“Francesco DaGuida is a proud father of four children, 10 great-grandchildren, and a veteran who represents all the good values and traditions of the neighborhood. The American Dream for all of us,” Colton added.
FAITH IN BROOKLYN: GODSQUAD PASTOR HONORED: The Rev. Edward-Hinds, interim pastor of the GodSquad/67th Precinct Clergy Council, was recently honored with a Caribbean Life Impact Award 2022 for his work ministering to the victims and families of gun violence. GodSquad also has the mission of combatting and ending gun violence, including through job training and special youth and educational programs such as the Flatbush Leadership Academy.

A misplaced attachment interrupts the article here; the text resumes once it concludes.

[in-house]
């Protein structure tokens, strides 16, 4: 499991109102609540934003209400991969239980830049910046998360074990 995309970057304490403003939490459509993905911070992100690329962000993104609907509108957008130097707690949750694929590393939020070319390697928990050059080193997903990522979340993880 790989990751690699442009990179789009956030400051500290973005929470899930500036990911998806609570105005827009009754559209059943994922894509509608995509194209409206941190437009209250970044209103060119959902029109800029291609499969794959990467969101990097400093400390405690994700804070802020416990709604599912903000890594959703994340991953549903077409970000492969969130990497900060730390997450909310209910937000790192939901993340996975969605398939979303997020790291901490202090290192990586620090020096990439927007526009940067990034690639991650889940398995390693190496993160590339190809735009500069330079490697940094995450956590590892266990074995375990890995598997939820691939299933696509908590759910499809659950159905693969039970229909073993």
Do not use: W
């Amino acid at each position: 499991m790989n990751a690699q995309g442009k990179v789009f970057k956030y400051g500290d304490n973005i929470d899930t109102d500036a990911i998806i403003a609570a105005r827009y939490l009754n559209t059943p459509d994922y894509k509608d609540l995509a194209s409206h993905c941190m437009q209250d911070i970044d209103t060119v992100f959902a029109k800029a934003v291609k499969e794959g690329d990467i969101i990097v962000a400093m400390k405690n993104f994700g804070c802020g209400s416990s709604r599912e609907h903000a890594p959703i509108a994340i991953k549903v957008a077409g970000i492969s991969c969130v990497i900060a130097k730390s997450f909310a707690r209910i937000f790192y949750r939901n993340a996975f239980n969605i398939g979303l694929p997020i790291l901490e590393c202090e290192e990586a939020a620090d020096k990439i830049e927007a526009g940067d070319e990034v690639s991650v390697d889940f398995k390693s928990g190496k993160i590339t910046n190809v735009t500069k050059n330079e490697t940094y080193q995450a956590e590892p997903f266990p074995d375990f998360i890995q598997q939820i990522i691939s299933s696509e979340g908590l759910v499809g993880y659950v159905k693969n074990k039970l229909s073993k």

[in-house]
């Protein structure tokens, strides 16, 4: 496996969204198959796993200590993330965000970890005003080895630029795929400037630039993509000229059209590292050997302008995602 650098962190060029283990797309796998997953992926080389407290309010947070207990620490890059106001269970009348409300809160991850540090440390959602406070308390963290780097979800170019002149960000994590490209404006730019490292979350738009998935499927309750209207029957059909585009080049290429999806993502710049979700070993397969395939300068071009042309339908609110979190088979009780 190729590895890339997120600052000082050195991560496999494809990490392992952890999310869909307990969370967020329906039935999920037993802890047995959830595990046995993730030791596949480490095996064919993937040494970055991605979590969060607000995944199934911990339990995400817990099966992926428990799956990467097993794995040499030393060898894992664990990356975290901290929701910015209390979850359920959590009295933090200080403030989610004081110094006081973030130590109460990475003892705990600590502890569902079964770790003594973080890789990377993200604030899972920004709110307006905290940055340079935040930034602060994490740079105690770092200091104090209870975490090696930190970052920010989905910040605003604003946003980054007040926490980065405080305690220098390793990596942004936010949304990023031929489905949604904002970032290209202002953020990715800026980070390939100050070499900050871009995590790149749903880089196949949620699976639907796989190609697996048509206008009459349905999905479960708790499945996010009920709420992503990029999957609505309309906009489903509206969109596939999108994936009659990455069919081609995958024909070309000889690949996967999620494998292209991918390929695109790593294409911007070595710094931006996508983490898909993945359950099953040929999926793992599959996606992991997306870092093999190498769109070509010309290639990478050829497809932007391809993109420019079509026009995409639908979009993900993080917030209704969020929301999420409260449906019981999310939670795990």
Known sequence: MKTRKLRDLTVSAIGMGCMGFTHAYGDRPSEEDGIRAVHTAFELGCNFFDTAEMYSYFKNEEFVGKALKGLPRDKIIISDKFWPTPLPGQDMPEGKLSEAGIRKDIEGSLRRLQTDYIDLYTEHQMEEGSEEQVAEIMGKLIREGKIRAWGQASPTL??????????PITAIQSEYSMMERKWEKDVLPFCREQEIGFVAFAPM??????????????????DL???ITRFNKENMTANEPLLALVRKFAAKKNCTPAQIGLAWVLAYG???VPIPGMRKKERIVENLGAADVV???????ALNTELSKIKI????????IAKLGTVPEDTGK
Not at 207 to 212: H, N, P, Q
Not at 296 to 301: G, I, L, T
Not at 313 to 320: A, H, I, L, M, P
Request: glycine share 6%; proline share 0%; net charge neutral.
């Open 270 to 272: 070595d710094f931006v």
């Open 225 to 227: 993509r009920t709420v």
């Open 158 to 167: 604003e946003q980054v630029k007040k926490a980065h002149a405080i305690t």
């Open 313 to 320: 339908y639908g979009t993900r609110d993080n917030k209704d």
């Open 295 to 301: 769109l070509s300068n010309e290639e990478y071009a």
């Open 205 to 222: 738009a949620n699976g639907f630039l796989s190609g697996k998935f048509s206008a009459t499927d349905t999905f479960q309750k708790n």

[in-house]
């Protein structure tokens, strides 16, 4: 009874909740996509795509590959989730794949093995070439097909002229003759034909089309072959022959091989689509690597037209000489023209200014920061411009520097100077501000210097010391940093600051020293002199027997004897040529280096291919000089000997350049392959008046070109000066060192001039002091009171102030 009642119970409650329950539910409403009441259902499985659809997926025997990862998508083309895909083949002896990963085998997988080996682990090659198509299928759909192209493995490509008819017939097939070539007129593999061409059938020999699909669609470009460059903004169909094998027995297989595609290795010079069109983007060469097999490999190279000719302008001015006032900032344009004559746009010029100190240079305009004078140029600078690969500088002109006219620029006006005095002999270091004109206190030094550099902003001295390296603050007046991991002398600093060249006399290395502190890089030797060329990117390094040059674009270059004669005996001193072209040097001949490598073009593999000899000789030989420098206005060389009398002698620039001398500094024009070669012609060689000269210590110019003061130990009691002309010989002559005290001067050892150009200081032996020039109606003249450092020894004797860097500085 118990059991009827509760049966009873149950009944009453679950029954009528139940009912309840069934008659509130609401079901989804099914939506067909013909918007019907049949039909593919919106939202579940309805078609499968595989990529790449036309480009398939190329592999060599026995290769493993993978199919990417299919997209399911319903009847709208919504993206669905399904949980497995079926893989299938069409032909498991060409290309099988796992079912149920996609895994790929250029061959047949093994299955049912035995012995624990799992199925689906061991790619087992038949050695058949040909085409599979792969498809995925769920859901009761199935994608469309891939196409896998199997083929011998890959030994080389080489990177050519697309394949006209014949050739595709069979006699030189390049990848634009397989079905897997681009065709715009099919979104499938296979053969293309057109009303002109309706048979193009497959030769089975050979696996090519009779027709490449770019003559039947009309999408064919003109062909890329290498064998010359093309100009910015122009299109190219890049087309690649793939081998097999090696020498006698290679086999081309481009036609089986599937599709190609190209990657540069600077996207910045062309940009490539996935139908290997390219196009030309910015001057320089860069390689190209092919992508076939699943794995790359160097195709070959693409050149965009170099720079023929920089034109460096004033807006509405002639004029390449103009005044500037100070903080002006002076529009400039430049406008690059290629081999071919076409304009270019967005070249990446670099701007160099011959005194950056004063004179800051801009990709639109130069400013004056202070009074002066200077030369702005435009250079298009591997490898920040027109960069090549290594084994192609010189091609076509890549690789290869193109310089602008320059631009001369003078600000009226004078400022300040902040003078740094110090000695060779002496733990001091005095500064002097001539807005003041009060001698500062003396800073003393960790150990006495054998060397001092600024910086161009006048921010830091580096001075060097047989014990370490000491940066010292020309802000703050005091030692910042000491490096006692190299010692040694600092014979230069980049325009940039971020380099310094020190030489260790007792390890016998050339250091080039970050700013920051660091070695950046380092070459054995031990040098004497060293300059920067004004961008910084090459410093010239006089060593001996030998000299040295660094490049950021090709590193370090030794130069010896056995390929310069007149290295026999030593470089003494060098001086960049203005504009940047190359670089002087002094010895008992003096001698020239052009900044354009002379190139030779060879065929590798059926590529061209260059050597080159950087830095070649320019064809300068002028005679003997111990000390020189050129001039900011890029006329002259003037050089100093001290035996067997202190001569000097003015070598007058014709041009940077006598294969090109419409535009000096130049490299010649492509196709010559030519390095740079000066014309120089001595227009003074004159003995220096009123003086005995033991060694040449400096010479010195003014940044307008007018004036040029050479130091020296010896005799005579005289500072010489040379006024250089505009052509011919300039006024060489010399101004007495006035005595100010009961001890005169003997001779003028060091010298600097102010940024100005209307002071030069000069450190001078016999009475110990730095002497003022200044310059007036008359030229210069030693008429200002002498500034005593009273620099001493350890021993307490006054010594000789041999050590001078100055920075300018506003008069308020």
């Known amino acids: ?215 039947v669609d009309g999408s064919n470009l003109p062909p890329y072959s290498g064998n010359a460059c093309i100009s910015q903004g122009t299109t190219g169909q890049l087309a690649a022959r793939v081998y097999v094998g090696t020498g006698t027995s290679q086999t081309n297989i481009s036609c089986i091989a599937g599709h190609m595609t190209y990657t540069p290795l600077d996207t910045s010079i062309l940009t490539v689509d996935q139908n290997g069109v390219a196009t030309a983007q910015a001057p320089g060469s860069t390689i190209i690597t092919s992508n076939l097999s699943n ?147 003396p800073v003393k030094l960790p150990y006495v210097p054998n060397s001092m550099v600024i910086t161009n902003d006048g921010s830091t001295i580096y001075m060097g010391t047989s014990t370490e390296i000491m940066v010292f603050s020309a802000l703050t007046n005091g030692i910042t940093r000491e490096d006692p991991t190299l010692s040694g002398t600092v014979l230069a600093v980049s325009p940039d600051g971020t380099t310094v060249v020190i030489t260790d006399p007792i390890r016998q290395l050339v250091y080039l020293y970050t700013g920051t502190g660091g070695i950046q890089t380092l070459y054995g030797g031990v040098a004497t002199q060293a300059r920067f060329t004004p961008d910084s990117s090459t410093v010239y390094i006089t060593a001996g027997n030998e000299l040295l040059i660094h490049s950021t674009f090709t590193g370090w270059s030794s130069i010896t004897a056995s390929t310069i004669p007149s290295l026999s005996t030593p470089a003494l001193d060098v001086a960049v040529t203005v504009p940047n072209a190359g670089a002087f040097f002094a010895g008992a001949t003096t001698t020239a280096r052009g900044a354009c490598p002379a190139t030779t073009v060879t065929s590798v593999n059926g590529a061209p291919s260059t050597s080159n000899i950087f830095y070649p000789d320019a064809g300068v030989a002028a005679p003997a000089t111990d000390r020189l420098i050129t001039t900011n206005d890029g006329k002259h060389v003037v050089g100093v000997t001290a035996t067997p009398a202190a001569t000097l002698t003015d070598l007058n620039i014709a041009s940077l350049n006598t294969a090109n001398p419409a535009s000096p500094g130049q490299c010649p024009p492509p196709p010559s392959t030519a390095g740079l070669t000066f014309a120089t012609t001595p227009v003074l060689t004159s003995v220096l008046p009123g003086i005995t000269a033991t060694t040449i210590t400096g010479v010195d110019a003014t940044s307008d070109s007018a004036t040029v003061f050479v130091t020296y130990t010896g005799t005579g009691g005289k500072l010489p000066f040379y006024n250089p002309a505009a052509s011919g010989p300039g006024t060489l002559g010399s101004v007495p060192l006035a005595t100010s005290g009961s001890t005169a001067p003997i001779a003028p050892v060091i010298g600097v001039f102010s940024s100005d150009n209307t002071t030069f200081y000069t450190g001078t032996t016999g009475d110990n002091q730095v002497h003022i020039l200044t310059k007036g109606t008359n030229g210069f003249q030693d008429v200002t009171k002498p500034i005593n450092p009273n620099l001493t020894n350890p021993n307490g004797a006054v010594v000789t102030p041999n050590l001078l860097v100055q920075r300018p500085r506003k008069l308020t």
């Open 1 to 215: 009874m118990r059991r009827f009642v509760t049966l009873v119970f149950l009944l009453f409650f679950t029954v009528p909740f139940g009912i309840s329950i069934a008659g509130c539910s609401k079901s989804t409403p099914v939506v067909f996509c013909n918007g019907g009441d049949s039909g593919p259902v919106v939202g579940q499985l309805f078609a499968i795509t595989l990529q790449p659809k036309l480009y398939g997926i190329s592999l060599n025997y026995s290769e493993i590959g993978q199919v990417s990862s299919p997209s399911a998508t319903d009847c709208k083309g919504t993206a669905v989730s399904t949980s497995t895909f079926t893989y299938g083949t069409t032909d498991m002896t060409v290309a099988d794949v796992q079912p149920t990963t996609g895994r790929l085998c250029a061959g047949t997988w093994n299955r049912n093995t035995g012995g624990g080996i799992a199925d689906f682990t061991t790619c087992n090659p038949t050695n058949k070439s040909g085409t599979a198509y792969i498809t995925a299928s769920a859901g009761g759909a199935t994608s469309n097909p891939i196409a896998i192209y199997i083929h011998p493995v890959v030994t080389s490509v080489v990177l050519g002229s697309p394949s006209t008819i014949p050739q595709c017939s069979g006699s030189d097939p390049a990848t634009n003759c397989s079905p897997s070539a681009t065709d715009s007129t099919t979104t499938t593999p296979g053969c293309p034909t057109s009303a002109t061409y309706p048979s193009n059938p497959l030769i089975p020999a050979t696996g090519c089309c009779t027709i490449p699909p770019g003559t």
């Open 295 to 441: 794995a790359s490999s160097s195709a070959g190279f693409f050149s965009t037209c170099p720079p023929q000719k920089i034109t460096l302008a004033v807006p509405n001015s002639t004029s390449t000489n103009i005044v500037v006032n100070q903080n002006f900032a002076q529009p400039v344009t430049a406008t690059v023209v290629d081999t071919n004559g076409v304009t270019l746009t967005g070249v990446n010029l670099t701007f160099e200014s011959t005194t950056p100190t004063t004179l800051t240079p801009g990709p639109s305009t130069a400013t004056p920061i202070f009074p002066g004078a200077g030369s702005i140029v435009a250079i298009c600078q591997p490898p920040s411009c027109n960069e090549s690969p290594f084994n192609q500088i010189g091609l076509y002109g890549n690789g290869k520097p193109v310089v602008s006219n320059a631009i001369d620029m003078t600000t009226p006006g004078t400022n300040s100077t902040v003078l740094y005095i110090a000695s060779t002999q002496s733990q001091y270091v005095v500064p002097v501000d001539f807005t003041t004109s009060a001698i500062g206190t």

Hinds accepted the interim leadership of the GodSquad when its founder, Pastor Gilford Monrose, was tapped as executive director of Mayor Eric Adams’ Office of Faith-Based and Community Partnership. Monrose served under a similar role when Adams was Brooklyn Borough President.
Leave a Comment
Leave a Comment